Thousands of men and women leave jails and prisons every year then find themselves lost in the new world of social media -- a world that can be a key to jobs and training, but a new office in D.C. is focused on changing that.
Mayor Vincent Gray held a ceremony opening a unique center on Martin Luther King Boulevard in mostly poor Ward 8 focusing on the many needs of ex-offenders re-entering society.
Monique Ware, 34, spent five years and prison and then the past year fighting being another negative statistic: repeat offender. With help from the center, Ware has learned computer skills, earned a commercial driver’s license and learned apprentice-level electrician skills.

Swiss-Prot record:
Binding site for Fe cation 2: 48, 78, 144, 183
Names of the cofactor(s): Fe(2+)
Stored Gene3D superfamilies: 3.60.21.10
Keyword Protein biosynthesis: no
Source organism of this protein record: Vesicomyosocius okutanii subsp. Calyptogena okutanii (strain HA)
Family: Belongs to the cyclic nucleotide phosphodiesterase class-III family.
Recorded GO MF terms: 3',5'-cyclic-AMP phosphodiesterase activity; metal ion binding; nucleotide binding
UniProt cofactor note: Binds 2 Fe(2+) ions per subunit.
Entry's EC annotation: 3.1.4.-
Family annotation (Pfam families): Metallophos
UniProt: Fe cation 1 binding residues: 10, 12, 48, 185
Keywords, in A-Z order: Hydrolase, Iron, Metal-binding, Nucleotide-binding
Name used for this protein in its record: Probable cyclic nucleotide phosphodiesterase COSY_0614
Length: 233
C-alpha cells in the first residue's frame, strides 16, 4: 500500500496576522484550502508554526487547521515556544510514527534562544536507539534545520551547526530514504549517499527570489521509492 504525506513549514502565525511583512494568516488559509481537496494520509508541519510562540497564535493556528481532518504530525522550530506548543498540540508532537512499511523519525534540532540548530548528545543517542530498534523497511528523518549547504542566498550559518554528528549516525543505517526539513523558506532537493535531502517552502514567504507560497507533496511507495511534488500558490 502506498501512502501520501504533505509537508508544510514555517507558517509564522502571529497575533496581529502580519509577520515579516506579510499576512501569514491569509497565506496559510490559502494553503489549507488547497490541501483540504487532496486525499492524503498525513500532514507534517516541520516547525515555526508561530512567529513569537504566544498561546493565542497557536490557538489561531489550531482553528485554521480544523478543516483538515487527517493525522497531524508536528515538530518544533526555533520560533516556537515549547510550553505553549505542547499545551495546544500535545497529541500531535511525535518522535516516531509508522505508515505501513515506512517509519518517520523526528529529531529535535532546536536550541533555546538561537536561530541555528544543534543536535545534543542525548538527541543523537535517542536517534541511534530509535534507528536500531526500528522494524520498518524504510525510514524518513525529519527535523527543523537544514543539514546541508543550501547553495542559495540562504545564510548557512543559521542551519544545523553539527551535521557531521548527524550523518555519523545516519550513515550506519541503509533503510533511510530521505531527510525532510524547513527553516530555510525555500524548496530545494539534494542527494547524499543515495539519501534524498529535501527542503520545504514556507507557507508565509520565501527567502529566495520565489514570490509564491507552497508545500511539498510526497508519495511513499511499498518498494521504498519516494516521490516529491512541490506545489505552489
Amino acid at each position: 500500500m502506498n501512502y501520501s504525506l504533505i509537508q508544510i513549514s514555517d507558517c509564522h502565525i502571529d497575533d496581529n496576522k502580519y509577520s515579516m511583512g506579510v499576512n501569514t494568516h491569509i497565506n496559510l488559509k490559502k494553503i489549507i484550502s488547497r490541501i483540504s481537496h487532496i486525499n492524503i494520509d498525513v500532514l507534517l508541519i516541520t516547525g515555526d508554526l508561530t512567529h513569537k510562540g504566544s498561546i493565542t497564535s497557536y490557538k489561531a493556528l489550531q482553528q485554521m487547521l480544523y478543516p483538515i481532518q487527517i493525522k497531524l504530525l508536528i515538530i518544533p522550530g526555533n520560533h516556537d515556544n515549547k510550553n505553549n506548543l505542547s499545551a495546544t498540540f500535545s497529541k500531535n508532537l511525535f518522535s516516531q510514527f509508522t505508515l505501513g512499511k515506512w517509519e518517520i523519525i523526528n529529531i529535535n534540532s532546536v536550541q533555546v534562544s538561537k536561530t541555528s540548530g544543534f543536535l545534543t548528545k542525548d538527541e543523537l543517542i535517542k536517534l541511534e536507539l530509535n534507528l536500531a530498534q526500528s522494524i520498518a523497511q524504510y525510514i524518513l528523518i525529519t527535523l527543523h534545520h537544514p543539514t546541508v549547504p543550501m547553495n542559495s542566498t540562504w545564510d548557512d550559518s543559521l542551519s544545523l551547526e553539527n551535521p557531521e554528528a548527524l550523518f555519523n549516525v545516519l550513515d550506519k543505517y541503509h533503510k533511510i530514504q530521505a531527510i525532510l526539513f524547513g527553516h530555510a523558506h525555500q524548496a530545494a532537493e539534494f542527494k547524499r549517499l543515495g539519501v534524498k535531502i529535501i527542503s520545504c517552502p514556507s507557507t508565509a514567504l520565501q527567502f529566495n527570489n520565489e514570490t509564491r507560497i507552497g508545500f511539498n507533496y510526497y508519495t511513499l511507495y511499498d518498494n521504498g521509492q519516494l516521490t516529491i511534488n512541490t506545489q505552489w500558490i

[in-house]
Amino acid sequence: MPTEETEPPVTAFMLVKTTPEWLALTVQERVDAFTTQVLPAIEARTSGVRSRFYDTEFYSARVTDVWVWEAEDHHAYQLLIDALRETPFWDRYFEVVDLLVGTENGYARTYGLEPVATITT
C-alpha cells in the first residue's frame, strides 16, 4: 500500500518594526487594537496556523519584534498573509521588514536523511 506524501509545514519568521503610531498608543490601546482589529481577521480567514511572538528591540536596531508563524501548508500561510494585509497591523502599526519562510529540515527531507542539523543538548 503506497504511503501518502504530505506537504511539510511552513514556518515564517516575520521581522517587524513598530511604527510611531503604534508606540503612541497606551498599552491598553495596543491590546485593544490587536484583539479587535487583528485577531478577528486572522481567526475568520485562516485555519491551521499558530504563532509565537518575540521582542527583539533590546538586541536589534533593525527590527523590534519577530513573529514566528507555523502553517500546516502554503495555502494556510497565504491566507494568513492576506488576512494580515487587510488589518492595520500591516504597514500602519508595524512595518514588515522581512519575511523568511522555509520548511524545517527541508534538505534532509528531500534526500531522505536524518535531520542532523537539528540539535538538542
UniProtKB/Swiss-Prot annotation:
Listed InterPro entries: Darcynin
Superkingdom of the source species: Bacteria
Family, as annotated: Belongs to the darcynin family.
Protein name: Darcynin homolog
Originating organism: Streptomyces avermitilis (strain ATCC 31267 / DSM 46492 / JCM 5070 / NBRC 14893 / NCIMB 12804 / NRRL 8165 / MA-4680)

“I can go in your house and hook up your receptacles and even start a fire if I want to,” she said.
About 5,000 ex-offenders -- also called returning citizens -- are released from prisons each year, according to Office on Returning Citizen Affairs Director Charles Thornton.
“They need guidance and direction,” he said. “This is health, this is education, this is employment, this is any need.”
Ware says a motivated person will find help at the center if they're willing to work, too.
“It’s about getting up, walking, taking a step, taking two steps and slowly progressing and moving forward until you’ll be able to get up and run.”